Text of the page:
This story was originally published by the Oregonian/OregonLive and is reprinted with permission.
A Marion County deputy district attorney referred to a criminal defendant as a “drunk Hispanic guy” in a discussion with the man’s lawyer, leading the county’s top prosecutor to dismiss the case later that day, according to the defense lawyer and public records.
Deputy District Attorney Mae D’Amico made the remark March 2 in Marion County Circuit Judge Courtland Geyer’s courtroom, said Salem attorney John Knodell, who represented Favio Luna Mondragon, 30, of Salem. Geyer was not present for the conversation. Mondragon was scheduled to go to trial March 17.
Court records show Mondragon faced four misdemeanors — driving under the influence of intoxicants, reckless driving and two counts of fourth-degree assault — related to two separate incidents in 2022, one on Feb. 5 and another on March 4.
Knodell said he and D’Amico were waiting to be called to Geyer’s chambers to update the judge on the status of the case. He said they were in the jury box discussing the circumstances of the allegations against Mondragon, and Knodell pointed out what he viewed as weaknesses in the state’s case.
He said he “started listing off the evidence” that showed his client was innocent.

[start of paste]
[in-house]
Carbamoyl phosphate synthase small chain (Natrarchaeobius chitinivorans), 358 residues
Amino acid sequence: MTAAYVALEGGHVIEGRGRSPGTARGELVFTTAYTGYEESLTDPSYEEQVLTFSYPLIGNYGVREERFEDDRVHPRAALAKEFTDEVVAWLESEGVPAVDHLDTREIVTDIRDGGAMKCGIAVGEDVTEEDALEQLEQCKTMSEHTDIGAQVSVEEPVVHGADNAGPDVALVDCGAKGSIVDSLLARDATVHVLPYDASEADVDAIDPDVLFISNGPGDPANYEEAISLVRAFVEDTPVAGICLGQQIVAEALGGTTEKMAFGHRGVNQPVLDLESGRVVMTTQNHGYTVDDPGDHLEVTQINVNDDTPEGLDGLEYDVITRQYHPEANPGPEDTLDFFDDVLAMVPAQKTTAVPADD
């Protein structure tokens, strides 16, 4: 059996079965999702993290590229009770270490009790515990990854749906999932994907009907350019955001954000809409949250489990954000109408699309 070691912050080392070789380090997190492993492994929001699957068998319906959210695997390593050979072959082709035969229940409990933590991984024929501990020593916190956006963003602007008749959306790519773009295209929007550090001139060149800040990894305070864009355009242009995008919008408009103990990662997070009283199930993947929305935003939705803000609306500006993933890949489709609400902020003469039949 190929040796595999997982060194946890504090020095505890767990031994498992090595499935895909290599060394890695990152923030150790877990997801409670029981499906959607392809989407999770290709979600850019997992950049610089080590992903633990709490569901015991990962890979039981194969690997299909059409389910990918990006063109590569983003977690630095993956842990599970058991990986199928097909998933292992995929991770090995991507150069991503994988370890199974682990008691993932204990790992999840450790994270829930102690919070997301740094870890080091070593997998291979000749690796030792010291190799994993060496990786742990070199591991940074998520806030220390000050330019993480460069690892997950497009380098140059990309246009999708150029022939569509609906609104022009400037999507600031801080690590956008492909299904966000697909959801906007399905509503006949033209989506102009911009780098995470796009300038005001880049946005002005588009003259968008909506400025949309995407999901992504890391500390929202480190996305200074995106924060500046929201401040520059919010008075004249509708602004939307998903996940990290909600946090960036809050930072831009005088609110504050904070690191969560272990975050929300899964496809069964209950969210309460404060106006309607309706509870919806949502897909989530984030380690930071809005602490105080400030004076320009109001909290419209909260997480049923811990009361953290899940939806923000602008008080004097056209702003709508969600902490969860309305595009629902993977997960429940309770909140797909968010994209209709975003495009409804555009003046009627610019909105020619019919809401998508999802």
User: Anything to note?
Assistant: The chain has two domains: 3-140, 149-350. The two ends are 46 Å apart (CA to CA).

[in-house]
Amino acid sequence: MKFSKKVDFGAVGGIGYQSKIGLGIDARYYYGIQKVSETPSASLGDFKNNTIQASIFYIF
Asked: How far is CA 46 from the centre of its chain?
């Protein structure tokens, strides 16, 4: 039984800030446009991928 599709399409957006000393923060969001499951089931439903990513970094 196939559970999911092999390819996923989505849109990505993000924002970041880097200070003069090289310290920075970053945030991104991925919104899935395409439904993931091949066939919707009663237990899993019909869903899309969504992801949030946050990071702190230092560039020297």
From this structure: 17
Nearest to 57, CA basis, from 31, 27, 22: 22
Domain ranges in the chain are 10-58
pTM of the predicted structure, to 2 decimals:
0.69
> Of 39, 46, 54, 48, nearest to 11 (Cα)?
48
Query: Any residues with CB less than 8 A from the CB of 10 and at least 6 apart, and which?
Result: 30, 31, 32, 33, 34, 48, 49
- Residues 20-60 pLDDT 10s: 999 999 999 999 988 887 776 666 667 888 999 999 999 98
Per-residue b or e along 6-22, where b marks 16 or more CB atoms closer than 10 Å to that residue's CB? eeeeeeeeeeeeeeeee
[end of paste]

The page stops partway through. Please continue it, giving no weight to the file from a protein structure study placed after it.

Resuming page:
“Her response to that was he’s a drunk Hispanic guy,” Knodell told The Oregonian/OregonLive in an interview this week.
“I was just kind of shocked,” said Knodell, a former Marion County prosecutor.
He said another defense lawyer challenged D’Amico over the remark, and Knodell said D’Amico said, “Well, they have machismo,” apparently referring to Latino men.
Knodell said he walked away and prepared for the meeting with the judge.
When the conference ended, he said he returned to his client, who was waiting in the hallway. Mondragon asked him what the prosecutor said about the charges.
Knodell said he was obligated to tell his client about D’Amico’s characterization.
“She thinks you’re a drunk Hispanic guy,” he said he told Mondragon.
Mondragon said in an interview that he was upset by the remark.
“It just makes you not believe in the judicial system,” said Mondragon, who works in construction and in the summer is a wildland firefighter.
Tony DeFalco, executive director of the Latino Network, the state’s premier Latino advocacy organization, said he suspects such incidents aren’t isolated and he hopes the DA’s response includes a broader review of her office.
“We are not surprised,” he said. “In our community, we have come to expect that kind of disparate treatment.”
Knodell said he reported the matter to the Marion County District Attorney’s Office early that afternoon.
D’Amico has been a prosecutor since 2021, according to her LinkedIn profile. She has been with the Marion County District Attorney’s Office for about a year, county records show. Oregon State Bar records show she was admitted to the Oregon bar in 2020. Her salary is $90,188.
D’Amico did not respond to an email or text seeking comment.
Knodell said he also asked Deputy District Attorney Braden Wolf to review what Knodell thought was evidence showing his client was not guilty of driving under the influence of alcohol and reckless driving.
“I was concerned she was not giving proper consideration to what I had provided her because of my client’s ethnicity,” he said.